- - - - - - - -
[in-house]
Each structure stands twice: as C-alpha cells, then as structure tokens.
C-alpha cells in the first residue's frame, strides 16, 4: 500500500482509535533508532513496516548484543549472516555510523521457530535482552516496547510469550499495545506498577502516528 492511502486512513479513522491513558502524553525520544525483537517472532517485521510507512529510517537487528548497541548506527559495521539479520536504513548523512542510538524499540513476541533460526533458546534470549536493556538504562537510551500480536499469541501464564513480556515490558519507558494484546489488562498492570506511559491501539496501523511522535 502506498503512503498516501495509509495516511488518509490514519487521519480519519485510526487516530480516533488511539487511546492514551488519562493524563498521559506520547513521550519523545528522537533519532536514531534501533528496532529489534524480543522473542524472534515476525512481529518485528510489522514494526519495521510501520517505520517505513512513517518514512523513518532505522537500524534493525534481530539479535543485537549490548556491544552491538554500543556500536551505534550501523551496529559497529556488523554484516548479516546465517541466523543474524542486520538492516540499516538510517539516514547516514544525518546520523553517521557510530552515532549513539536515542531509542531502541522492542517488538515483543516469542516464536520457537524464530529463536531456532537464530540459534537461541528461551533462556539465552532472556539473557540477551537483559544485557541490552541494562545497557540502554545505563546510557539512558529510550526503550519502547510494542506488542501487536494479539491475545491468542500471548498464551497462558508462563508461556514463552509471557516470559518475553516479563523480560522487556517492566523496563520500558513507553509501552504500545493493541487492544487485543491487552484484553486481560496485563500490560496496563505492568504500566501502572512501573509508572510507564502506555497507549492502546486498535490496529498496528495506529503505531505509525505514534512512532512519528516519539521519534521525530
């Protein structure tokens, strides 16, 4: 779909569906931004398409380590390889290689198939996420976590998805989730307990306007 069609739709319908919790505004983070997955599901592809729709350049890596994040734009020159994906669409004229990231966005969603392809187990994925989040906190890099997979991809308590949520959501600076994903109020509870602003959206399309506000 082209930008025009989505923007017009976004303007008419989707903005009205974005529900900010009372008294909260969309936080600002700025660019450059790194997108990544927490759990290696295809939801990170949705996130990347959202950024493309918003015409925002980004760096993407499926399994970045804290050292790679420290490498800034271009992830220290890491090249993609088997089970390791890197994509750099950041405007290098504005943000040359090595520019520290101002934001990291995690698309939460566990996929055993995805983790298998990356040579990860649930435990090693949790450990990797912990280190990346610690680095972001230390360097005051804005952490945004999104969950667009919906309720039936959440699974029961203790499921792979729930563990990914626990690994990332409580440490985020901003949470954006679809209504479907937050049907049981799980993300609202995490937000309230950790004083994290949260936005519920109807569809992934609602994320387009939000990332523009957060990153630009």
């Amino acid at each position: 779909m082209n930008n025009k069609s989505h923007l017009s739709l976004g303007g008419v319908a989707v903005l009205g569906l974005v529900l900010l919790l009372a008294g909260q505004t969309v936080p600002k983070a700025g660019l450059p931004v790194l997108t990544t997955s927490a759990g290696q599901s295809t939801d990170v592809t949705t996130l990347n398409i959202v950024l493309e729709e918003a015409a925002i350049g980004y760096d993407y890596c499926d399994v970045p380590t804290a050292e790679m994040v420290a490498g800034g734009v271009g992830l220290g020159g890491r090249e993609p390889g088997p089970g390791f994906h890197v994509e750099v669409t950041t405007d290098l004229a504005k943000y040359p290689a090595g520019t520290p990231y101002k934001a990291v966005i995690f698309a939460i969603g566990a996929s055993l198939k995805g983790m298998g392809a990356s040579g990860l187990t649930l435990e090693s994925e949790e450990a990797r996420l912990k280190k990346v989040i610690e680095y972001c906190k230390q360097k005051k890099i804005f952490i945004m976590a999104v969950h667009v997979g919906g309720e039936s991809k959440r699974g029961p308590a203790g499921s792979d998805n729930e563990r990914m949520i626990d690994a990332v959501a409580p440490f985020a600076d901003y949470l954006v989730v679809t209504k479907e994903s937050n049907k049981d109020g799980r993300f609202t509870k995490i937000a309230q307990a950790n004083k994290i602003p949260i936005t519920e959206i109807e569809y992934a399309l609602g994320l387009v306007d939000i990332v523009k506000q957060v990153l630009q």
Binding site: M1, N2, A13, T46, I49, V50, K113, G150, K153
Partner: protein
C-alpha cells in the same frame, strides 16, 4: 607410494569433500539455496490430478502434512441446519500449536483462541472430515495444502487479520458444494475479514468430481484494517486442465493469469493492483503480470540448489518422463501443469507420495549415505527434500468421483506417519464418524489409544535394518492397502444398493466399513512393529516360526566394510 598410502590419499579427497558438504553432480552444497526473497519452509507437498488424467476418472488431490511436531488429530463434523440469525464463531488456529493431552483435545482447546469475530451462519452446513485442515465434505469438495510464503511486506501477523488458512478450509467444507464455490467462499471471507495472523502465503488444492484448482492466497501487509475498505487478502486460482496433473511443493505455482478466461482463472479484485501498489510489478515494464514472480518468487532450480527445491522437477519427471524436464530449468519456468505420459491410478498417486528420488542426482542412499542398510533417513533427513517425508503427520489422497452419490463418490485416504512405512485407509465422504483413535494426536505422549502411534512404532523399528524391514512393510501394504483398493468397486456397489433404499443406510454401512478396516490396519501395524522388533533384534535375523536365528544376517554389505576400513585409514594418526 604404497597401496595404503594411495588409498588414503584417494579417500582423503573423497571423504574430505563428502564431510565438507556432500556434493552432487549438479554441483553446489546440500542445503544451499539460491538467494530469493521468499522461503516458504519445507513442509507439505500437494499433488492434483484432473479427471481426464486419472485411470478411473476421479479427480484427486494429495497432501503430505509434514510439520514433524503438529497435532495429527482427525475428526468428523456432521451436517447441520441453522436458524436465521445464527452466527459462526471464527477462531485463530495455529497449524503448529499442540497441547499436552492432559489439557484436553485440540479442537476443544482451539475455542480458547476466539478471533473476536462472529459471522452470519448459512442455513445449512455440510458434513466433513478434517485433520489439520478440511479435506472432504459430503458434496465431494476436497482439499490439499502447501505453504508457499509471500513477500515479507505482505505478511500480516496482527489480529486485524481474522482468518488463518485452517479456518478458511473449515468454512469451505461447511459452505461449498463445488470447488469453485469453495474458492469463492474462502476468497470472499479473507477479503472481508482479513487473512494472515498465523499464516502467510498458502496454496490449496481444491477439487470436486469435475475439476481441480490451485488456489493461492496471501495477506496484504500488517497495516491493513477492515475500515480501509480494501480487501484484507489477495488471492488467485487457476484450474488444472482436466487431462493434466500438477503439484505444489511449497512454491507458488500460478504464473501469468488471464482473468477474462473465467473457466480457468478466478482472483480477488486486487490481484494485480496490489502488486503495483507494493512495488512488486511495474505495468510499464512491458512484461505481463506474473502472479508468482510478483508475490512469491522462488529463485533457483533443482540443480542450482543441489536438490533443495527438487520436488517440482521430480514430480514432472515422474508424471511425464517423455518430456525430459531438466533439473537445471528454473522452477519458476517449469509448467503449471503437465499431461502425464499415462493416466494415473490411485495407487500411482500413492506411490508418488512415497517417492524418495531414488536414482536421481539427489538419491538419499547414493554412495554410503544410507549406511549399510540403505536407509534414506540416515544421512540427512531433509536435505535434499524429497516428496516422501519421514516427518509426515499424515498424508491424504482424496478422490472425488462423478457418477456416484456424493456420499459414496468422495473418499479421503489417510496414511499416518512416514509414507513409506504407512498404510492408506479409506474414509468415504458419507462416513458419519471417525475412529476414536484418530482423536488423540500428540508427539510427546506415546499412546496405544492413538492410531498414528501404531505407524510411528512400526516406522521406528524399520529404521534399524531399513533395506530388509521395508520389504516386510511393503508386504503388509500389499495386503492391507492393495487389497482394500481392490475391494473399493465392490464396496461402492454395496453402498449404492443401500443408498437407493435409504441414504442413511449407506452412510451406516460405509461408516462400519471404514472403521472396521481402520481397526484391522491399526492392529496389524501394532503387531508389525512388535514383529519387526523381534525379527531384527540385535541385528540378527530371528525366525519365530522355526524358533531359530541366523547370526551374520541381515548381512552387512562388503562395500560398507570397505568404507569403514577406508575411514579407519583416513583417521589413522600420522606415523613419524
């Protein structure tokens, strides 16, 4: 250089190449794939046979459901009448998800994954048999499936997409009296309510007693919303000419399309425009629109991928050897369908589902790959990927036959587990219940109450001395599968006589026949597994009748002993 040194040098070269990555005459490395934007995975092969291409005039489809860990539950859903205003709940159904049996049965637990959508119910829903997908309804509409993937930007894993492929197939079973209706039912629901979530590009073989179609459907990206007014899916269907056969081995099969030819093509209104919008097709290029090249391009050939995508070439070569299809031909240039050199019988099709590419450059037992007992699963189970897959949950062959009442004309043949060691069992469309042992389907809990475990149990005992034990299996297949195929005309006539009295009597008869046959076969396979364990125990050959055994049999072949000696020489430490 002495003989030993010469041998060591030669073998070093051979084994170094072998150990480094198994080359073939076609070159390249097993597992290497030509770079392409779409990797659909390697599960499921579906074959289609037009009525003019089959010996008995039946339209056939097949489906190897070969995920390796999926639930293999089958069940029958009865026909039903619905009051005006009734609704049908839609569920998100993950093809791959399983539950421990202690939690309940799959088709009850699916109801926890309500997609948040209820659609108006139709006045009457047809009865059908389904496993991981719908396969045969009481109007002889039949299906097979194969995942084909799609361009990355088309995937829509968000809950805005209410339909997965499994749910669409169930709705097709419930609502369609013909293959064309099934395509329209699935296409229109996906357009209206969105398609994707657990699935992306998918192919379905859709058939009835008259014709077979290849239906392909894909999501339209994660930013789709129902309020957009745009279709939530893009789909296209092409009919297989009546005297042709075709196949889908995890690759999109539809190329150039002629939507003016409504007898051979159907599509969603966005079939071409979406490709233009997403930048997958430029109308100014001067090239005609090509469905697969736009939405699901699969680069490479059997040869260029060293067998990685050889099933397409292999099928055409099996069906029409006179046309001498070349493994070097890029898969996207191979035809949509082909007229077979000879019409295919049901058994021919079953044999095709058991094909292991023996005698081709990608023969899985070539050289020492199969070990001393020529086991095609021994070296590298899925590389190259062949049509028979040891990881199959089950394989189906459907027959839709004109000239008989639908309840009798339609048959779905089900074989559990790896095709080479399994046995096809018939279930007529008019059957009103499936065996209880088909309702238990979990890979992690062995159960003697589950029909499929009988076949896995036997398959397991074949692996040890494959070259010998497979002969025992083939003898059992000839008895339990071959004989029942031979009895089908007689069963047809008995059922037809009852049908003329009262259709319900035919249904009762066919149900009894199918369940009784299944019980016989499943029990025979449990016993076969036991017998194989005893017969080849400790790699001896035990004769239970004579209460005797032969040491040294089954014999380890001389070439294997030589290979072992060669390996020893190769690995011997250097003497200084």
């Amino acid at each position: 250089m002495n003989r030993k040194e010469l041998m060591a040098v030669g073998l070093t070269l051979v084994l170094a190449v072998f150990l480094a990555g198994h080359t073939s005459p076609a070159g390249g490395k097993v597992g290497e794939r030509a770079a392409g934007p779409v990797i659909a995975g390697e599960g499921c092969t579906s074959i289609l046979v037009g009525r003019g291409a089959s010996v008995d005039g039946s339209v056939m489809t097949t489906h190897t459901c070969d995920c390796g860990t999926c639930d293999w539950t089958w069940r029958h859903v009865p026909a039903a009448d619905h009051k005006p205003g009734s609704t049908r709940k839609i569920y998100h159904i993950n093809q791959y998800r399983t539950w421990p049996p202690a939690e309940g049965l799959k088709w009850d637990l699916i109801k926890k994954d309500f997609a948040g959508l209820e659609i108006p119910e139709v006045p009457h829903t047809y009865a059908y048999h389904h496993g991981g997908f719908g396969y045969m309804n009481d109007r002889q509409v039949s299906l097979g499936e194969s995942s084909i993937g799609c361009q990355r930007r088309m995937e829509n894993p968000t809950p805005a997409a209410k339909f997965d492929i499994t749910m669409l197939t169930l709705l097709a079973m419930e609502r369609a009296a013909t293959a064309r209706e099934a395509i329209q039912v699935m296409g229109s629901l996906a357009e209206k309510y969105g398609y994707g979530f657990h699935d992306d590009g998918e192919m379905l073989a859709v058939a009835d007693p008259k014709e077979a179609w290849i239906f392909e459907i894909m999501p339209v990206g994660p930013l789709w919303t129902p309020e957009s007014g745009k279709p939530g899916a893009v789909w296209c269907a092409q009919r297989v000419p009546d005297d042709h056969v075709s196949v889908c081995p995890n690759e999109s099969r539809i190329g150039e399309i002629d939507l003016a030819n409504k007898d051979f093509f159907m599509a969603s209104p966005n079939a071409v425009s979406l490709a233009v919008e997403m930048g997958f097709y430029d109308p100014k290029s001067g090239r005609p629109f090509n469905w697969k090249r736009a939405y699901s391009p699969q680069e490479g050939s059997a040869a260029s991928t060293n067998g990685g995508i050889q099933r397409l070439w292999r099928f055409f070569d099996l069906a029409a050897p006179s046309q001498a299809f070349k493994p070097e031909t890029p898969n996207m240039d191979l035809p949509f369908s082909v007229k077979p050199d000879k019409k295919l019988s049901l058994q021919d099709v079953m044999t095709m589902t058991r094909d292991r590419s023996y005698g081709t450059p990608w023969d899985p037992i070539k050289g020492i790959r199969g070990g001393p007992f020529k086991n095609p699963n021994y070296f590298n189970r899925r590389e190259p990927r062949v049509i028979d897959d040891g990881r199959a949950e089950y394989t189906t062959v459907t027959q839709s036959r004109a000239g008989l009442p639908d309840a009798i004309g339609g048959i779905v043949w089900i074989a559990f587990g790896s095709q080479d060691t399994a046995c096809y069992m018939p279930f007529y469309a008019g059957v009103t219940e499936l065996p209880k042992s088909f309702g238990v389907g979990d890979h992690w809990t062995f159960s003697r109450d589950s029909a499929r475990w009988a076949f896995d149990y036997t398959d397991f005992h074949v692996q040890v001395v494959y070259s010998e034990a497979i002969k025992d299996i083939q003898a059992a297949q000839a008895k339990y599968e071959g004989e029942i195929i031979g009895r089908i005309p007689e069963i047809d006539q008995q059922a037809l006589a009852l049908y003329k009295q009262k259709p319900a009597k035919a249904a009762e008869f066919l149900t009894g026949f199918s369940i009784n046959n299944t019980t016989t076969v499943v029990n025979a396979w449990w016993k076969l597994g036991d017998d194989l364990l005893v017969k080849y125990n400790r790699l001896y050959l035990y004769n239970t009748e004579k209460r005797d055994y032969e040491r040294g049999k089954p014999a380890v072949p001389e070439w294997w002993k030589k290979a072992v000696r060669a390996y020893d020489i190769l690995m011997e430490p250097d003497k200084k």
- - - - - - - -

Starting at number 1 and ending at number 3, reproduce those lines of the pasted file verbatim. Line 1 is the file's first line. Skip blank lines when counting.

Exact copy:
[in-house]
Each structure stands twice: as C-alpha cells, then as structure tokens.
C-alpha cells in the first residue's frame, strides 16, 4: 500500500482509535533508532513496516548484543549472516555510523521457530535482552516496547510469550499495545506498577502516528 492511502486512513479513522491513558502524553525520544525483537517472532517485521510507512529510517537487528548497541548506527559495521539479520536504513548523512542510538524499540513476541533460526533458546534470549536493556538504562537510551500480536499469541501464564513480556515490558519507558494484546489488562498492570506511559491501539496501523511522535 502506498503512503498516501495509509495516511488518509490514519487521519480519519485510526487516530480516533488511539487511546492514551488519562493524563498521559506520547513521550519523545528522537533519532536514531534501533528496532529489534524480543522473542524472534515476525512481529518485528510489522514494526519495521510501520517505520517505513512513517518514512523513518532505522537500524534493525534481530539479535543485537549490548556491544552491538554500543556500536551505534550501523551496529559497529556488523554484516548479516546465517541466523543474524542486520538492516540499516538510517539516514547516514544525518546520523553517521557510530552515532549513539536515542531509542531502541522492542517488538515483543516469542516464536520457537524464530529463536531456532537464530540459534537461541528461551533462556539465552532472556539473557540477551537483559544485557541490552541494562545497557540502554545505563546510557539512558529510550526503550519502547510494542506488542501487536494479539491475545491468542500471548498464551497462558508462563508461556514463552509471557516470559518475553516479563523480560522487556517492566523496563520500558513507553509501552504500545493493541487492544487485543491487552484484553486481560496485563500490560496496563505492568504500566501502572512501573509508572510507564502506555497507549492502546486498535490496529498496528495506529503505531505509525505514534512512532512519528516519539521519534521525530